If we begin simply by focusing on ourselves and our people, some of that spiritual laziness arises out of an intense loyalty to our churches — a loyalty which on the one hand is a commendable thing, when it is rooted in a desire to stand steadfast in the truth.
But it is easy in such a case to take the attitude that, “Well, all our ministers preach the same thing, we all believe the same, we have the truth; therefore we are invincible. There is no danger that we be misled by any false teacher.”
It is a kind of “the enemy is all out there” attitude.
The problem is that such an attitude tends to neglect the calling set before us in the example of the Bereans, who searched the Scriptures daily to see whether the things that the apostle Paul preached were true. Such an attitude actually breeds spiritual lethargy, a lethargy rooted in spiritual pride.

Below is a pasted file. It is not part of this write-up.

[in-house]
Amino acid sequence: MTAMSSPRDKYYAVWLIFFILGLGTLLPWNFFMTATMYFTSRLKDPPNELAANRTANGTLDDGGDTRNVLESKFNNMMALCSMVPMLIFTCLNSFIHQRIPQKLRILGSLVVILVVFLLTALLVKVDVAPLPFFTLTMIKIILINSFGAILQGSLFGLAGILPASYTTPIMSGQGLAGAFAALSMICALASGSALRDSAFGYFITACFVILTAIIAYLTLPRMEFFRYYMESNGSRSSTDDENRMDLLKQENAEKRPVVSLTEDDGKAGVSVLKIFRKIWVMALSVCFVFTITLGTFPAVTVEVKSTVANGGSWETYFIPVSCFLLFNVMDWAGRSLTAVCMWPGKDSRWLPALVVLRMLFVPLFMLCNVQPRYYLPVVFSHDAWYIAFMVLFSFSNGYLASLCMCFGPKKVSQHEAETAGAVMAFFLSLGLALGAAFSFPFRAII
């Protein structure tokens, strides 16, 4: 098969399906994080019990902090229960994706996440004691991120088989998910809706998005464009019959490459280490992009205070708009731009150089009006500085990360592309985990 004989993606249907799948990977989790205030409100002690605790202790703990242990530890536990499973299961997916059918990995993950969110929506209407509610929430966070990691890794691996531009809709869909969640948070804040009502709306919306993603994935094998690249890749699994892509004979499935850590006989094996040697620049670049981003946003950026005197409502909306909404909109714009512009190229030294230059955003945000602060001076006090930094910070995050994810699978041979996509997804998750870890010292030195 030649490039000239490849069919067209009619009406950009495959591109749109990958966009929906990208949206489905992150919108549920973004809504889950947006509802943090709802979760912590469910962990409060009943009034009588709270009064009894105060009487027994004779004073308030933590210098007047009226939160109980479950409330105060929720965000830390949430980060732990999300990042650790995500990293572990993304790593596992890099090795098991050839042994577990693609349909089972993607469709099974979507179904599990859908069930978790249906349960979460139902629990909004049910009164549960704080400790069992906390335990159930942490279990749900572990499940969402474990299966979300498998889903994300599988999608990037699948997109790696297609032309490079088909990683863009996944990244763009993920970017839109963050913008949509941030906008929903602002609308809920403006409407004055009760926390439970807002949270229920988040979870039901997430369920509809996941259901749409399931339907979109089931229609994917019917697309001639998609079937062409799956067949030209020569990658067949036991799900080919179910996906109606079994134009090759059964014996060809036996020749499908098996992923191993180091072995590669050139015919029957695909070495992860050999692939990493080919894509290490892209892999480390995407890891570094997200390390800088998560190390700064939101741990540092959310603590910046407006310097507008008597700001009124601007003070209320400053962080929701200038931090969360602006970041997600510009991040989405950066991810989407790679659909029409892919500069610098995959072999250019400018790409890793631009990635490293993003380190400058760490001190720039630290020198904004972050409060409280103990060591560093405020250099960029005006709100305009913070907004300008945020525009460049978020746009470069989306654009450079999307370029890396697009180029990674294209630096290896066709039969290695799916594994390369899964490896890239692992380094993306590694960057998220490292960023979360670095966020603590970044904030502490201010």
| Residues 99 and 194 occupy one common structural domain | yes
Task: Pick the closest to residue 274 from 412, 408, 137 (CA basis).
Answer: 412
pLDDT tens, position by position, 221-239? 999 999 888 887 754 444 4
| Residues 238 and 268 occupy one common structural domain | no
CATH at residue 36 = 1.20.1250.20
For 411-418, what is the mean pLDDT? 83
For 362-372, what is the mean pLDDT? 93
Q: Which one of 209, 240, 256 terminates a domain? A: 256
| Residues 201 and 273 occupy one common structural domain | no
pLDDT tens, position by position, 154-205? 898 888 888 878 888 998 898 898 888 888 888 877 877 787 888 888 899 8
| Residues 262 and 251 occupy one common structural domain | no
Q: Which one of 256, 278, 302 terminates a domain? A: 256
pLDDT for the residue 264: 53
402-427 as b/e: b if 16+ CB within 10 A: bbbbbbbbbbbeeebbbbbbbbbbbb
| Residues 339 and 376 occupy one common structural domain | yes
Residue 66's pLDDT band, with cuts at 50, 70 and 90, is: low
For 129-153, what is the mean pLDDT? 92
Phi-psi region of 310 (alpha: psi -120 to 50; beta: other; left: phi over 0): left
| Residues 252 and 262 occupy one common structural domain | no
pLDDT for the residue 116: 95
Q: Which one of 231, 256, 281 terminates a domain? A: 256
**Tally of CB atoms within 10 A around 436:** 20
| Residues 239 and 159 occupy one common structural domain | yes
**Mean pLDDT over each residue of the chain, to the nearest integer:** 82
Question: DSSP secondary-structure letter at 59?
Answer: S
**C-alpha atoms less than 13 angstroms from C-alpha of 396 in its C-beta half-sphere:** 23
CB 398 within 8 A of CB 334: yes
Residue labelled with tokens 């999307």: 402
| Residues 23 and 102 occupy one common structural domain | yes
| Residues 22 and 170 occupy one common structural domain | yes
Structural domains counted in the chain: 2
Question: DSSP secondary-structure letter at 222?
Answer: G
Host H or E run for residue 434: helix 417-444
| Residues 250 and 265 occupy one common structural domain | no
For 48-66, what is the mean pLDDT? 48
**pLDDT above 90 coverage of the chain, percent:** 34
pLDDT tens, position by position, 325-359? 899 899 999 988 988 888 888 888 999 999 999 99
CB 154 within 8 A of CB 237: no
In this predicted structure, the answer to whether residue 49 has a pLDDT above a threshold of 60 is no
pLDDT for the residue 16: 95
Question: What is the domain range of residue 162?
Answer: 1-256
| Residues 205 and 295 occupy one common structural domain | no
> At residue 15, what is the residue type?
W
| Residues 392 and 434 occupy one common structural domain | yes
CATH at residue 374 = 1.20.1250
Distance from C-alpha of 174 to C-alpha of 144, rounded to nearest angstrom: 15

That is a grave danger to us. It is a grave danger because the devil not only attacks the church with spirits of false doctrine, but he attacks the church just as vigorously with spirits of worldliness and carnality, spirits of disobedience to God’s truth, spirits of a life-style that does not conform to the spirit of Christianity.
So the apostle Paul wrote to Timothy in II Timothy 3:1-5: “This know also, that in the last days perilous times shall come. For men shall be lovers of their own selves, covetous, boasters, proud, blasphemers, disobedient to parents, unthankful, unholy, without natural affection, truce-breakers, false accusers, incontinent, fierce, despisers of those that are good, traitors, heady, high-minded, lovers of pleasures more than lovers of God; having a form of godliness, but denying the power thereof: from such turn away.” The devil will do whatever it takes to lead astray the members of the church.